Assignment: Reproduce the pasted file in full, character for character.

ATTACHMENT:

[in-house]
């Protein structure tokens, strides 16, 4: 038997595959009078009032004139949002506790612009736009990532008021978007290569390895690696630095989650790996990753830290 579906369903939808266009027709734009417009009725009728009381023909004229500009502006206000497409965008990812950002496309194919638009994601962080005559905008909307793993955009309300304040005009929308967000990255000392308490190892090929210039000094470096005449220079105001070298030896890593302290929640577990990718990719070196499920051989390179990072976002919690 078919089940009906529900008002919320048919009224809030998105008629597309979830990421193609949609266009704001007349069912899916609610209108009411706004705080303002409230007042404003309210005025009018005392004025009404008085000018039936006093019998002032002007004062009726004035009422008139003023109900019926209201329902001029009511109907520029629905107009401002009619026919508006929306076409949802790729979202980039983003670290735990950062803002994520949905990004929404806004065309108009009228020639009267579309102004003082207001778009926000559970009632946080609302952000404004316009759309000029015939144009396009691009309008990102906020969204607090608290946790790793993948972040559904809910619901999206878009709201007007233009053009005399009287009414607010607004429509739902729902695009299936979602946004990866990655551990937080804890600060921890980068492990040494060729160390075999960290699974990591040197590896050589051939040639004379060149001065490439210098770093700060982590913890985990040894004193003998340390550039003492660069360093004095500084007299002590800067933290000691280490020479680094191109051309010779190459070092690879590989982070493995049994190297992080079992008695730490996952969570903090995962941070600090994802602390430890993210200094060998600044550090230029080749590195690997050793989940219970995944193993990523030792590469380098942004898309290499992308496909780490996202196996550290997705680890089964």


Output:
[in-house]
């Protein structure tokens, strides 16, 4: 038997595959009078009032004139949002506790612009736009990532008021978007290569390895690696630095989650790996990753830290 579906369903939808266009027709734009417009009725009728009381023909004229500009502006206000497409965008990812950002496309194919638009994601962080005559905008909307793993955009309300304040005009929308967000990255000392308490190892090929210039000094470096005449220079105001070298030896890593302290929640577990990718990719070196499920051989390179990072976002919690 078919089940009906529900008002919320048919009224809030998105008629597309979830990421193609949609266009704001007349069912899916609610209108009411706004705080303002409230007042404003309210005025009018005392004025009404008085000018039936006093019998002032002007004062009726004035009422008139003023109900019926209201329902001029009511109907520029629905107009401002009619026919508006929306076409949802790729979202980039983003670290735990950062803002994520949905990004929404806004065309108009009228020639009267579309102004003082207001778009926000559970009632946080609302952000404004316009759309000029015939144009396009691009309008990102906020969204607090608290946790790793993948972040559904809910619901999206878009709201007007233009053009005399009287009414607010607004429509739902729902695009299936979602946004990866990655551990937080804890600060921890980068492990040494060729160390075999960290699974990591040197590896050589051939040639004379060149001065490439210098770093700060982590913890985990040894004193003998340390550039003492660069360093004095500084007299002590800067933290000691280490020479680094191109051309010779190459070092690879590989982070493995049994190297992080079992008695730490996952969570903090995962941070600090994802602390430890993210200094060998600044550090230029080749590195690997050793989940219970995944193993990523030792590469380098942004898309290499992308496909780490996202196996550290997705680890089964």